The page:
“You have to come inside for that.”

            “You can give me a check or something?”

            “You can make a withdrawal, I just can't close it out.”

   “Give me all of it.  In a cashier's check.”

            “Would you like an envelope?”

            “Please, yes, put it in an envelope.”

            Then Liz remembered she had the Sky Adventure gift certificate in its envelope, so she didn't need another one, but the teller had walked off, and the vacuum tube reappeared with a check in an envelope that represented all she was worth.  She peeked in the envelope to be sure the check had the right number of zeros, and she slipped it into the side pocket of her purse with the Sky Adventure gift certificate.

            “You can come back and close it out another day,” the teller said, but Liz knew she wouldn't be back.

            On Bay Bridge Road, the traffic had thinned and she nearly merged onto the 504, but instead she kept going.  She drove with the windows down and she had a vague notion of a bay bridge somewhere at the end of this road.  Before she left for good, she decided to drive out and see it.

            Past the 504, Bay Bridge Road was familiar to her, though she seldom had reason to go out that way.  There was the barbeque joint where she sometimes got take-out chicken, the garden center, the automall, and then the view opened up.  A cloud of birds moved across the bright sky, darting in quick angles, unsure of who to follow.  The road became a two-lane highway and Liz saw where it snaked up a hill at the horizon, which was as far as she'd ever gone. 

            Over the top of that hill was another, and another, and after nearly two hours of driving, when she must have gone eighty miles, she sensed the salt of the sea in the air.  She couldn't see the bay, but Liz knew she was close.  There was another stretch of businesses.  An older gas station and a much larger newer gas station right across the intersection with a fast food sandwich shop inside.  Liz was hungry for one of those, and she decided she would stop on her way back, or she would if she came back this way.

            The bridge stretched over a chasm, with the many fingers of cable reaching out to where they held firm in the rock, the wide plane of black water far below.  The wind picked up as she drove out and Liz felt unsettled, the car rocked by the force of the sea air.  She rolled up her windows, which was disappointing because she imagined she would toss the gift certificate out the window from the middle of the bridge as she sped across.  She drove in the right-hand lane and there was sparse traffic in either direction.  She wondered what it would be like to live out here.  How far the people would have to drive to get to work, or to anywhere.  When she'd reached the middle of the bridge, she signaled, pulled over, and parked on the shoulder.  The signs made it clear stopping was for emergency purposes only, but no one was going to say anything and Liz was going to do this thing.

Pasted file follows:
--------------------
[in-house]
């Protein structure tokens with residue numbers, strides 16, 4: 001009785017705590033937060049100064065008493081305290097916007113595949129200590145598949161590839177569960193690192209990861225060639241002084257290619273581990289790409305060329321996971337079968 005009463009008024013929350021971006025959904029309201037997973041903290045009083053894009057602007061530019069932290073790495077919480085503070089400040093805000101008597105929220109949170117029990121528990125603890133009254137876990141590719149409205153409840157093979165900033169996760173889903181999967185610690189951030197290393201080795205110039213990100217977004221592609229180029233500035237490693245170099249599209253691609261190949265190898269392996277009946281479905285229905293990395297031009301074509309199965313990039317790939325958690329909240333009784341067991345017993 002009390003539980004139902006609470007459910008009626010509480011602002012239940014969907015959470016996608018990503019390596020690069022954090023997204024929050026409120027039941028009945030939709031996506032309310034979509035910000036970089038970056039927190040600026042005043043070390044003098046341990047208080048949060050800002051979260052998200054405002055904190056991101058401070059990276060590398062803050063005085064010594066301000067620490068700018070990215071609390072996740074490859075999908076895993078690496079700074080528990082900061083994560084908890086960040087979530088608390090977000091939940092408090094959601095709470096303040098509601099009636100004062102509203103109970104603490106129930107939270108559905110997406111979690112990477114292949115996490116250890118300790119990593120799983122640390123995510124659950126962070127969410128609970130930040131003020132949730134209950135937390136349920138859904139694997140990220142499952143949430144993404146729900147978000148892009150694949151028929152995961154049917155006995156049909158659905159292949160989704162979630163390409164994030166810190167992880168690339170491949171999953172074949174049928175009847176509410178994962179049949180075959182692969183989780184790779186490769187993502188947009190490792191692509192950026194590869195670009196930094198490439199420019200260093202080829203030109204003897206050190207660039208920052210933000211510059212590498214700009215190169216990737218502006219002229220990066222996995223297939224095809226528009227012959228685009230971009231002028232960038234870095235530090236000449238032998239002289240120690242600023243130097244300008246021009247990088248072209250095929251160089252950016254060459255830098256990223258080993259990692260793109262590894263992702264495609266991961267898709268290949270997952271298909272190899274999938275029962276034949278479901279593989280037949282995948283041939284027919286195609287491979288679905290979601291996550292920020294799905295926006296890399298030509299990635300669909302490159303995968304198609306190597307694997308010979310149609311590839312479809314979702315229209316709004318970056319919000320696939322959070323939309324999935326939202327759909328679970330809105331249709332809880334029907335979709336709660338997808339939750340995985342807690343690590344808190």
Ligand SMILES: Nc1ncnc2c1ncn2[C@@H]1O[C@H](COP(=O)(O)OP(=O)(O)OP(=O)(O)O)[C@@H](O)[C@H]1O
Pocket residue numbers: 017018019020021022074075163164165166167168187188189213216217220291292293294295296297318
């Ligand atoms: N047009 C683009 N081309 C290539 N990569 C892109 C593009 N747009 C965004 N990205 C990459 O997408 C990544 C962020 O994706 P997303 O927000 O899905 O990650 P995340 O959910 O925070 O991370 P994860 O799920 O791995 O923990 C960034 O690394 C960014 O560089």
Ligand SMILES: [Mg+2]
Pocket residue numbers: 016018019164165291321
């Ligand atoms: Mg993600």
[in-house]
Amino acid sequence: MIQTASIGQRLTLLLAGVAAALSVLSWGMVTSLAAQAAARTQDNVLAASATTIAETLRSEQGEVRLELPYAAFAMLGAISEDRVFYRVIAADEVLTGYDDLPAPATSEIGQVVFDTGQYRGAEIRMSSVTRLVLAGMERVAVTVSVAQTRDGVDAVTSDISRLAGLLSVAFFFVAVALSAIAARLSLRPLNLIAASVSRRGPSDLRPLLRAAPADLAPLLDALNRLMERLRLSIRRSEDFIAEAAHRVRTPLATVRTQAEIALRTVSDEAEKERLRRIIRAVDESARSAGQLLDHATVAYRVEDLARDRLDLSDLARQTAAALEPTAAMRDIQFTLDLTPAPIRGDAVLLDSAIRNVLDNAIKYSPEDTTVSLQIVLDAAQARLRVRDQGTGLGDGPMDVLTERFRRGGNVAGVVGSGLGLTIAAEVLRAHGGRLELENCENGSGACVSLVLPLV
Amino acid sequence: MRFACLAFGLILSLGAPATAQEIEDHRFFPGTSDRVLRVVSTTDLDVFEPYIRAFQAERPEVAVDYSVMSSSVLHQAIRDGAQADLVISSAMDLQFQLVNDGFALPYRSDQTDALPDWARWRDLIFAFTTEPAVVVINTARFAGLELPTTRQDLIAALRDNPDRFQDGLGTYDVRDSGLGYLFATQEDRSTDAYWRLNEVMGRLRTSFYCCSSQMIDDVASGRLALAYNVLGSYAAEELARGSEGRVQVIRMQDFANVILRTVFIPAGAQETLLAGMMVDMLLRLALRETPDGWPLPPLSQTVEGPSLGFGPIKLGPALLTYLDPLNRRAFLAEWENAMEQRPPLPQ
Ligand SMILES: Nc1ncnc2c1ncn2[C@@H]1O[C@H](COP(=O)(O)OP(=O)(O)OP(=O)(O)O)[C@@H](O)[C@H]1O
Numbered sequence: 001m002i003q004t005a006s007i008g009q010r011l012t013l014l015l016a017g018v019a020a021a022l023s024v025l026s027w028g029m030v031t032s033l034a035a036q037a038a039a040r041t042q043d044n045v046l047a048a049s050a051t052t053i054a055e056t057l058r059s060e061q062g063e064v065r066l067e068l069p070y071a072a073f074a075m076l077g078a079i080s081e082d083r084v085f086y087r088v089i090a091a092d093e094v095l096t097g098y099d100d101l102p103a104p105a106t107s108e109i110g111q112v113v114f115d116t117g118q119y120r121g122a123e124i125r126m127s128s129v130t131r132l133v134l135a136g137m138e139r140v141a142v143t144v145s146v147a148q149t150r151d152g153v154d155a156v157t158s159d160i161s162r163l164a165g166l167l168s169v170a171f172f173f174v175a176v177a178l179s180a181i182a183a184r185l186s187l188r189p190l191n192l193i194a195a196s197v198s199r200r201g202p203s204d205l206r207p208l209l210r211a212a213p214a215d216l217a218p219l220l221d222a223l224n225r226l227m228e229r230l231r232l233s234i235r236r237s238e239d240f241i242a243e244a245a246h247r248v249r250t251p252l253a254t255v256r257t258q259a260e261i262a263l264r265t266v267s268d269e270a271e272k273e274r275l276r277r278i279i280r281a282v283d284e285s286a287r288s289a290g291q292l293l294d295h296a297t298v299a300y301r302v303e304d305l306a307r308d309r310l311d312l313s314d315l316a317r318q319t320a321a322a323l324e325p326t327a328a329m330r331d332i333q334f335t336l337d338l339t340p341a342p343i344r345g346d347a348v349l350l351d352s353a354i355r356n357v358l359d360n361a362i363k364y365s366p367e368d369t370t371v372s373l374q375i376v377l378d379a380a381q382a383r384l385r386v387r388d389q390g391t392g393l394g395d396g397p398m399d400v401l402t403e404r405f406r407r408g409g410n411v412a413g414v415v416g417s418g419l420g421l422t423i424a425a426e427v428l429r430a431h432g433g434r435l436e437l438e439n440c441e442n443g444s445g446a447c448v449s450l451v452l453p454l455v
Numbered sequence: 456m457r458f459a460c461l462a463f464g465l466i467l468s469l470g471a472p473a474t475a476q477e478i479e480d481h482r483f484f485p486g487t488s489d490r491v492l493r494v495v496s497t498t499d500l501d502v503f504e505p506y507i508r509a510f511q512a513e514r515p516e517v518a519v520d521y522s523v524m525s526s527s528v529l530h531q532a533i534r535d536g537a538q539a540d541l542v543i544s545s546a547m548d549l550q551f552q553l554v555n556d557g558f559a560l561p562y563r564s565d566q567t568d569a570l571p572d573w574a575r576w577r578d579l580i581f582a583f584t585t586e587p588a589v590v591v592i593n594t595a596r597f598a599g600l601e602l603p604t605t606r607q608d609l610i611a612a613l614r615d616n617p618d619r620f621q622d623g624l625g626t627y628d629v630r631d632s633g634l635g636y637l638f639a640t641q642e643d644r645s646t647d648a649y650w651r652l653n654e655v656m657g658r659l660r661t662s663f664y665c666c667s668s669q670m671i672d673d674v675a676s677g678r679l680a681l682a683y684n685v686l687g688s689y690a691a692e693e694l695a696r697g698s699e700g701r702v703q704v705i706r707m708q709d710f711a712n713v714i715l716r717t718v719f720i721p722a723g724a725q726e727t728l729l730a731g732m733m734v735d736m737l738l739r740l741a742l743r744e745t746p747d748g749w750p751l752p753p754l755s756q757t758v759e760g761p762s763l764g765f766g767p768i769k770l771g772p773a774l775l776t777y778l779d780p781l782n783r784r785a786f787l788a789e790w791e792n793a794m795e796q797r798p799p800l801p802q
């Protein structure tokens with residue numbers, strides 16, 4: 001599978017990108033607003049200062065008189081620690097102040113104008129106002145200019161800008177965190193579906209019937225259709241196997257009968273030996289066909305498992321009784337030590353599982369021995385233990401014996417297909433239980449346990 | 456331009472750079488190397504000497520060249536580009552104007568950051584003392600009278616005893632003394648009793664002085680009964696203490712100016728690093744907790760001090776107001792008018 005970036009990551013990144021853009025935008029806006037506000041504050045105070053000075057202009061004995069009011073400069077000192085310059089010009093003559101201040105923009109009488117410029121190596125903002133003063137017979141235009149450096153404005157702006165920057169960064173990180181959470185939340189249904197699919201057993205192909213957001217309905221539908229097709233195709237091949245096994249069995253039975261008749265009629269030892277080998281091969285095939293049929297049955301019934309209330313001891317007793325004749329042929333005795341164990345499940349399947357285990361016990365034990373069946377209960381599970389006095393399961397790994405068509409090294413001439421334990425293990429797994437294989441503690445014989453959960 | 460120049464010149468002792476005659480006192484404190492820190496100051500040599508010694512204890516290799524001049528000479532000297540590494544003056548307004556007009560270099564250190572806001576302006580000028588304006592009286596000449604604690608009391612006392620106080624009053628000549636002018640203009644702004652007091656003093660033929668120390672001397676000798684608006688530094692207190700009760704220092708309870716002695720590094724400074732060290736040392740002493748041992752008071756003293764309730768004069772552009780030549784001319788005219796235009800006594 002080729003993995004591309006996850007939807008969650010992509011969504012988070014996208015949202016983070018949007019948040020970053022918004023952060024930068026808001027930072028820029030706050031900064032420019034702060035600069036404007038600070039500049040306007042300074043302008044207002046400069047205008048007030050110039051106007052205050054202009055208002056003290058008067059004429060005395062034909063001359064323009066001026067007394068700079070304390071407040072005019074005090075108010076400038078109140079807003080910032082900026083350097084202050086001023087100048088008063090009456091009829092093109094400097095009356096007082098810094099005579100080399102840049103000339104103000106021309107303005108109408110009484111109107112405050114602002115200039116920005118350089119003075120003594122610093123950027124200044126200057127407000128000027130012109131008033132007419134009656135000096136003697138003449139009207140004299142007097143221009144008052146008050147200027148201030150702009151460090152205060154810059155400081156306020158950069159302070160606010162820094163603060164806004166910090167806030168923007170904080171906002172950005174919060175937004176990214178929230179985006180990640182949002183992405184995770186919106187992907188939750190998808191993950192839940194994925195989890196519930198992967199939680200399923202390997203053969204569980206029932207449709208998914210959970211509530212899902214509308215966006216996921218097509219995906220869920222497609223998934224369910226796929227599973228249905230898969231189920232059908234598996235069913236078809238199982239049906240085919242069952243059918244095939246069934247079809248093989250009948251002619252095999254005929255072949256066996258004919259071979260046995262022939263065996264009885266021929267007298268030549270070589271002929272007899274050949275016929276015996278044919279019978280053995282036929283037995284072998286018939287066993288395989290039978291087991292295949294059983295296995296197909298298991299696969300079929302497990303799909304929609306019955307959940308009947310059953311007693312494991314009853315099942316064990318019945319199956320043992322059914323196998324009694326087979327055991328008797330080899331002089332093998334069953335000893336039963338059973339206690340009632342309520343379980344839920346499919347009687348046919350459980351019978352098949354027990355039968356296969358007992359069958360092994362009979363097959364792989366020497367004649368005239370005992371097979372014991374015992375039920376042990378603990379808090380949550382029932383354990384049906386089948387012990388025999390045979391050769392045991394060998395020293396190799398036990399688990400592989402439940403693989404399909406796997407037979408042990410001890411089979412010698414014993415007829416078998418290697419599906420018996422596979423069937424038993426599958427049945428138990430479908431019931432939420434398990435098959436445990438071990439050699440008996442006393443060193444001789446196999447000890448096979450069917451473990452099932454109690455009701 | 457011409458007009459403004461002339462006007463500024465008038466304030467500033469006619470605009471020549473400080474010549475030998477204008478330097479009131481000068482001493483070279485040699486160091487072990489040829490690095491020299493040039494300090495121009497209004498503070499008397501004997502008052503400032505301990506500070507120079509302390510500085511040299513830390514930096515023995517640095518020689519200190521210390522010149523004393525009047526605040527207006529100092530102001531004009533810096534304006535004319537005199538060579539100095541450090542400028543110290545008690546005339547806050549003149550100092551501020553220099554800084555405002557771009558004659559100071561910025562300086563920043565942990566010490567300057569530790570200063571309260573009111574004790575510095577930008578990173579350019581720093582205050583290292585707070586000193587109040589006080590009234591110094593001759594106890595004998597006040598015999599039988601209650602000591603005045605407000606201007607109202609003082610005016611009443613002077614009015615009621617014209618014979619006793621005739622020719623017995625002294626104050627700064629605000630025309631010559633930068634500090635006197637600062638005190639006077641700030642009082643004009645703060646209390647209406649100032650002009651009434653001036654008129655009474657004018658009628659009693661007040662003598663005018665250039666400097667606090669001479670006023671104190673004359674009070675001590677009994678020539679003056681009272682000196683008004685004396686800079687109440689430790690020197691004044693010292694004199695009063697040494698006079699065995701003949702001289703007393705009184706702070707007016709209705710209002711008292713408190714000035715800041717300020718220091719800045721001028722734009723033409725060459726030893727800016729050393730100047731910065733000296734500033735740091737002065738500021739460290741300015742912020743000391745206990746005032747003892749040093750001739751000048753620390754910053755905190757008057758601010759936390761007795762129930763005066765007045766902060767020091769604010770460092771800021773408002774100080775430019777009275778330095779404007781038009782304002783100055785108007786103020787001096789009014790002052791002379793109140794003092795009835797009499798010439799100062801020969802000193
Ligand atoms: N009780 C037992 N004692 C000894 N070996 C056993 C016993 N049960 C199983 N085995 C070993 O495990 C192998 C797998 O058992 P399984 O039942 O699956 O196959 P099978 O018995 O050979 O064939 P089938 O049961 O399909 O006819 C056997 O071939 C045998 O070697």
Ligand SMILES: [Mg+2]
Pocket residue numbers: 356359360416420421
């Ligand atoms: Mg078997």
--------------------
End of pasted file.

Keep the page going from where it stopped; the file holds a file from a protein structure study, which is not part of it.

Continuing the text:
With her car door open, and the hazard lights flashing, she stepped up to the cold steel railing at the edge of the bridge.  If she wanted, she could have flung herself over, and she was sure, by the view, that someone had.  The height was dizzying and she closed her eyes and gripped the gift certificate tight.  Then in a grand dramatic gesture, she freed herself from the cause of her recent grief and she pushed the gift certificate out into the wild air.  She opened her eyes and leaned over the rail to watch as the envelope fluttered and fell.  When the tiny white rectangle finally rested on a wave, she knew there was no turning back.  The girls at work would keep asking and might even check to see if she'd used it.  She'd put in eleven years with Larry and now she was done. 

            Back in her car, she buckled up, signaled, and pulled out into the right-hand lane.  As she drove, she assessed each new town as a place she might want to live.  She had the money to start over somewhere, or she at least thought she did.  She would discover her mistake two days later in a town she'd never heard of, with a quaint downtown square and the statue of a man rearing on a horse.  She surmised from the local paper that apartments were cheap and she might rent a house.  And they were hiring, lots of places were hiring.  But when she took out the envelope at the teller window, excited by the feeling this new town inspired, with the hope that this would become her bank and that soon she would belong, she saw that the envelope had her name written on it.  At first, she thought the teller at her old bank had done it, though writing her name on the envelope would be an odd thing for her to do.  But then she recognized Tania's handwriting and the color of the envelope, and she was horrified. 

            “Is there something wrong, ma'am?”

            She opened the envelope to discover the gift certificate from Sky Adventure inside.  She had thought she'd rid herself of this burden, but there was that same stupid helmeted man in his bright red jumpsuit, smiling as he dropped from the heavens.